Caregiver Syndrome is a state of physical, emotional, and mental exhaustion resulting from the caregiver’s lack of self-care. It is typically a chronic, long-term challenge as the caregiver often faces years of caregiving responsibilities. Caregivers of those with Alzheimer’s or another type of dementia are among the most likely to suffer from Caregiver Syndrome. If you are caring for a spouse; if you live with the person you are caring for; if your loved one exhibits behavior or care needs that are challenging to deal with; if you feel you have no choice about caregiving; if you are responsible for young children as well as the person for whom you are providing care, you are at more risk of suffering from Caregiver Syndrome.

Without sufficient help and support, the caregiver is left vulnerable to wide range of physical and emotional problems, putting the caregiver’s health at risk and affecting their ability to provide care. As their own health deteriorates, their ability to care for their loved one diminishes. Some of the physical health risks caregivers face include heart disease, depression, compromised immune system, weight gain, and sleep deprivation.

It’s easy to get caught up in all of the things that our loved one needs. I was the sole full time caregiver of a close family member for two years – I know how difficult it is to maintain balance and practice self care. I also know, first hand, the consequences of not taking care of myself – my entire system became so weakened that I ultimately broke out in Shingles! Nearing two years after the outbreak, I continue to experience pain and discomfort in my arm where the outbreak occurred.

The most important thing to remember as a caregiver is this: if you aren’t healthy, who is going to care for your loved one? Taking care of yourself is of utmost important. Remember, there is a reason why the flight attendants tell the passengers to put their air masks on before assisting anyone else. If you pass out from lack of air, how will you help anyone else?

Here are some tips to prevent or manage caregiver stress and help avoid Caregiver Syndrome:

  • Ask for and accept help. This was particularly hard for me – I was sure no one would be able to provide for my loved one the way I did, and what if something happened when I was gone? I was able to find a professional caregiver willing to come in for just a few hours a week, allowing me to go on a walk, watch a movie with my children, or just sleep, without worrying about my loved one. Having those few hours were extremely important in maintaining my own health.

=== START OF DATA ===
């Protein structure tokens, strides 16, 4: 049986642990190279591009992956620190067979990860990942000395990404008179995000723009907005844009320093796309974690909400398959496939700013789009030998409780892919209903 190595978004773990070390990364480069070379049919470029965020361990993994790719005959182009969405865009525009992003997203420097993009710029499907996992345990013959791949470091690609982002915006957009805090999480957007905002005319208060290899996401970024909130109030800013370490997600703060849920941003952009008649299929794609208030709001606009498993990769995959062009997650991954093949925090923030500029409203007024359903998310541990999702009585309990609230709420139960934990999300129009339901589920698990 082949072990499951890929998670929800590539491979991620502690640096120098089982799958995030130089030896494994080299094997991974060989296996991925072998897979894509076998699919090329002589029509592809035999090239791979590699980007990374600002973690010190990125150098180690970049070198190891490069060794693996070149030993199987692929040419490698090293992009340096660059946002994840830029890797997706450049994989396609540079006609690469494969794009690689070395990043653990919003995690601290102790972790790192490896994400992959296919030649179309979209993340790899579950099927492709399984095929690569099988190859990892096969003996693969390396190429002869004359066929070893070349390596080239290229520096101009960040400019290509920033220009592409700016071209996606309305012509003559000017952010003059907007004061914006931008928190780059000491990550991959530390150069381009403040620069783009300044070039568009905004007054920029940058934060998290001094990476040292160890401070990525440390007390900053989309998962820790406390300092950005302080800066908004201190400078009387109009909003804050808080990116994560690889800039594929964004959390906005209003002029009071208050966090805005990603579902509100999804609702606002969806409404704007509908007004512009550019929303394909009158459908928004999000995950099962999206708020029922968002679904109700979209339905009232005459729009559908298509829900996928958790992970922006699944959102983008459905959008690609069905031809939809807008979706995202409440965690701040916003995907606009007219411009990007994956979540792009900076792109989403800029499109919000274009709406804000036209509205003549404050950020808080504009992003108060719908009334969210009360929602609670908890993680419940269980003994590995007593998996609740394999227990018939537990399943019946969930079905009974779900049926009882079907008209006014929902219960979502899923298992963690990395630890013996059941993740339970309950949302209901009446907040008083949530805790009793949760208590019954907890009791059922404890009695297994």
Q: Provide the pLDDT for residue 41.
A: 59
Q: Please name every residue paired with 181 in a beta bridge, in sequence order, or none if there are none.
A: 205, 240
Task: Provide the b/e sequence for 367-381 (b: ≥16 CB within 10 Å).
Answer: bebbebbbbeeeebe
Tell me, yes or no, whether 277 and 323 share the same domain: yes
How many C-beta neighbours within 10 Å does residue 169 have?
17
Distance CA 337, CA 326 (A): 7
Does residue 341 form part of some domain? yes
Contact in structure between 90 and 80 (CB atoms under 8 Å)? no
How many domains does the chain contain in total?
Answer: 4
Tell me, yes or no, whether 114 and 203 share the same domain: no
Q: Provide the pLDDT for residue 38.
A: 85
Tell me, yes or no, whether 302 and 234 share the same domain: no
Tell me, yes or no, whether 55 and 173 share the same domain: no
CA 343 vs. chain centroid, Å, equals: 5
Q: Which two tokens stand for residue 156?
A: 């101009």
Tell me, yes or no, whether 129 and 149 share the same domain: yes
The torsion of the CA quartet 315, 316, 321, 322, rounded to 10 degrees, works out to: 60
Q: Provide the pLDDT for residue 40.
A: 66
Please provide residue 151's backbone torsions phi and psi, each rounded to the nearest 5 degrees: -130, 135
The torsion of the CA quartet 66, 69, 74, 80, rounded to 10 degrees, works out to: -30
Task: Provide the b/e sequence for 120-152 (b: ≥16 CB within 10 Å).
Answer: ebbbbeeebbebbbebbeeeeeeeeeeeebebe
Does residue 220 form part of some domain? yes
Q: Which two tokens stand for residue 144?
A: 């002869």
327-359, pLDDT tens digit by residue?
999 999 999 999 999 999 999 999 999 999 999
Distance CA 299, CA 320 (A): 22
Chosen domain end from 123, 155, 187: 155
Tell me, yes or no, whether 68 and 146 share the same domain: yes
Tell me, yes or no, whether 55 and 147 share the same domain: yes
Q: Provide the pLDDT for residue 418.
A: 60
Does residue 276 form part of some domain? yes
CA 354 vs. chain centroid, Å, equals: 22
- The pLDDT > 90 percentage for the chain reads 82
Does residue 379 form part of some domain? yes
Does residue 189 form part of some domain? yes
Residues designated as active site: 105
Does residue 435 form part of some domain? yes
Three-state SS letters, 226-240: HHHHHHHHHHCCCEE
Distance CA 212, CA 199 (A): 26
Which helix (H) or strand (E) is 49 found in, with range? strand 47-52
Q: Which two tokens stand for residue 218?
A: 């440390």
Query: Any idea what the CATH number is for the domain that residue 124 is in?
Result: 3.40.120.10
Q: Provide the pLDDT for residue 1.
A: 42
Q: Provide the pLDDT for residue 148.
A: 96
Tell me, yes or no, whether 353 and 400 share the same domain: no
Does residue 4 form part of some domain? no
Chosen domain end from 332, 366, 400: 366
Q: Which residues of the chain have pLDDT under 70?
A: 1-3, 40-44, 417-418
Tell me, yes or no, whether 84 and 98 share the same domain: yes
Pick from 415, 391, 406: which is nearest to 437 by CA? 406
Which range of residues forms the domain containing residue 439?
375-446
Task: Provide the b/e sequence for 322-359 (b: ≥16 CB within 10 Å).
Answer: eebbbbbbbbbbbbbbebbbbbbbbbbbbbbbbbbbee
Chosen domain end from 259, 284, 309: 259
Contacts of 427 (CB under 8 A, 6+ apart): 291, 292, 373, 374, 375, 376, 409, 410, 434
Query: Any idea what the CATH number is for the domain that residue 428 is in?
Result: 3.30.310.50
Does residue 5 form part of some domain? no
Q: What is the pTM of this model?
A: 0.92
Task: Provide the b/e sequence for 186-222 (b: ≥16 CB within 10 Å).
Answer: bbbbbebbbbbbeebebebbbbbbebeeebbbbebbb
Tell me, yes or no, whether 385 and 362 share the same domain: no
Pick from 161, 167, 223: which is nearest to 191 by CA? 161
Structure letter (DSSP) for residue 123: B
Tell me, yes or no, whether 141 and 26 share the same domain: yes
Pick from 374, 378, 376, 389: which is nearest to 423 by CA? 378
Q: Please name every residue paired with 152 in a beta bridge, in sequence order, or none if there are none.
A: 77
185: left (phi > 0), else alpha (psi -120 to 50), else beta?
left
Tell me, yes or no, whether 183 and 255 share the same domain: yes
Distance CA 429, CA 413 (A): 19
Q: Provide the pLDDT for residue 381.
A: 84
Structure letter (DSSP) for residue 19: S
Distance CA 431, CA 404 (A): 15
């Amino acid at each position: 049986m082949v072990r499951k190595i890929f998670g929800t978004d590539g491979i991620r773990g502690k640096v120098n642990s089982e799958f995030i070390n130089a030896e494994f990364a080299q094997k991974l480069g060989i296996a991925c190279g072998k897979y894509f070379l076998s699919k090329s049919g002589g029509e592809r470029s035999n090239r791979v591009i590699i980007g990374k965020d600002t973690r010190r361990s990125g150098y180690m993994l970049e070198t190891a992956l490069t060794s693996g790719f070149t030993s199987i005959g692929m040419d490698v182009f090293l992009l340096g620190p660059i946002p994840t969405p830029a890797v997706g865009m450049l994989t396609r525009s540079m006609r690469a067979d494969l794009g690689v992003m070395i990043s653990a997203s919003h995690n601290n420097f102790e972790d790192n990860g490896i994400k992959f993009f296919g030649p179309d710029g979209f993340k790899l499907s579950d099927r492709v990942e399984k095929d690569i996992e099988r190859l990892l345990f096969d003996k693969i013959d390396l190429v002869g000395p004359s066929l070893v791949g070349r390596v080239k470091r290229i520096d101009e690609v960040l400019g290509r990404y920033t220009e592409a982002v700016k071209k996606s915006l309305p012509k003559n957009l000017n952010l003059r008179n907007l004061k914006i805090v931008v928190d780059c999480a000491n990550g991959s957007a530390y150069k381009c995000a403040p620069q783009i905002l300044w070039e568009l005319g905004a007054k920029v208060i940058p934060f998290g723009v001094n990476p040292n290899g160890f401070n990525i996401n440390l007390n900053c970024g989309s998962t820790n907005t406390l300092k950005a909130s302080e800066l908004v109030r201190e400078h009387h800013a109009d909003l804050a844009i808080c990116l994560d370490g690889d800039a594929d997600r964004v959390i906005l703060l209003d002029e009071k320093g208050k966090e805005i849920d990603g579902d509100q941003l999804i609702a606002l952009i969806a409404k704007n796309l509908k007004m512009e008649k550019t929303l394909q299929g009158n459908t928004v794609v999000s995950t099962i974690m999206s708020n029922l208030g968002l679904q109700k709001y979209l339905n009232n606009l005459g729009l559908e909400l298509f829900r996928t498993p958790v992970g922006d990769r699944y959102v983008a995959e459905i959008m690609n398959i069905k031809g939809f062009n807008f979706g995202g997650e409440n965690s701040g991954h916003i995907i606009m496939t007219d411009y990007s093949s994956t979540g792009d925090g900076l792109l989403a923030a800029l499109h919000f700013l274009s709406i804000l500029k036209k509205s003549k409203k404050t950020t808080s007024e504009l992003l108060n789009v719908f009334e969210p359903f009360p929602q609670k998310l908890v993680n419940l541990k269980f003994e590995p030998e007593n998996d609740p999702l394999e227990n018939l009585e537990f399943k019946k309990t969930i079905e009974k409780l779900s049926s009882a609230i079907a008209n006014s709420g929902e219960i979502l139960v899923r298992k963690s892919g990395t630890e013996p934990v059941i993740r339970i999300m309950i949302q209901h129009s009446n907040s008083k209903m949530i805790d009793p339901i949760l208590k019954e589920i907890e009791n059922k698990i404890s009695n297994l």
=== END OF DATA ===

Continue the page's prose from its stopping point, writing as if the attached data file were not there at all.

• Take care of your health. Find time to go for a walk, or other exercise, even if it’s not for an optimal length of time. Fresh air and sunlight can do wonders.
  • Join a support group. Being a full-time caregiver can be very isolating and caregivers often feel there is no one out there who can really understand what they are experiencing. Joining a support group puts you in contact with others dealing with very similar circumstances as you – they “get” it in a way others may not, and understanding you are not alone can help a lot.
  • Talk to a professional. Most therapists, social workers, and clergy members are trained to work with individuals dealing with a wide range of issues, including those suffered by caregivers.

Coaches who focus on working with families are a wonderful resource for individuals facing Caregiver Syndrome. Coaching is solution-based, meaning it spends less time discovering “why” and more time working on a healthy solution to the issue at hand. NLP (Neuro-Linguistic Programming) in particular is a very powerful modality for working with caregivers. A central feature of NLP is that we have all the resources available to us already; we may simply not know how to access them at the right times in the most appropriate ways. Trained in coaching and NLP, I can help you access your resources and avoid the challenges of Caregiver Syndrome. I would love to speak with you more, one on one, about how I may be able to help you (and, through that, your loved one). My initial consultation is always free of charge.

Cheri Elson
Gray Matters Consulting

Other sites that may provide further information:

What is Alzheimer’s Disease?

The most common type of dementia, Alzheimer’s disease is an irreversible and progressive brain disorder that slowly destroys memory and thinking skills. Eventually, the ability to carry out the simplest of tasks is beyond the patient’s capability. It is not a part of normal aging.

Alzheimer’s is a progressive disease that begins slowly and gets worse over time. In its early stages, memory loss is mild; however, as the disease progresses, individuals lose their ability to interact with or respond to their environment. How quickly the disease advances varies from person to person. Currently, there is no cure. Advances in medicine have been able to slow the worsening of dementia symptoms and improve the quality of life for those with Alzheimer’s.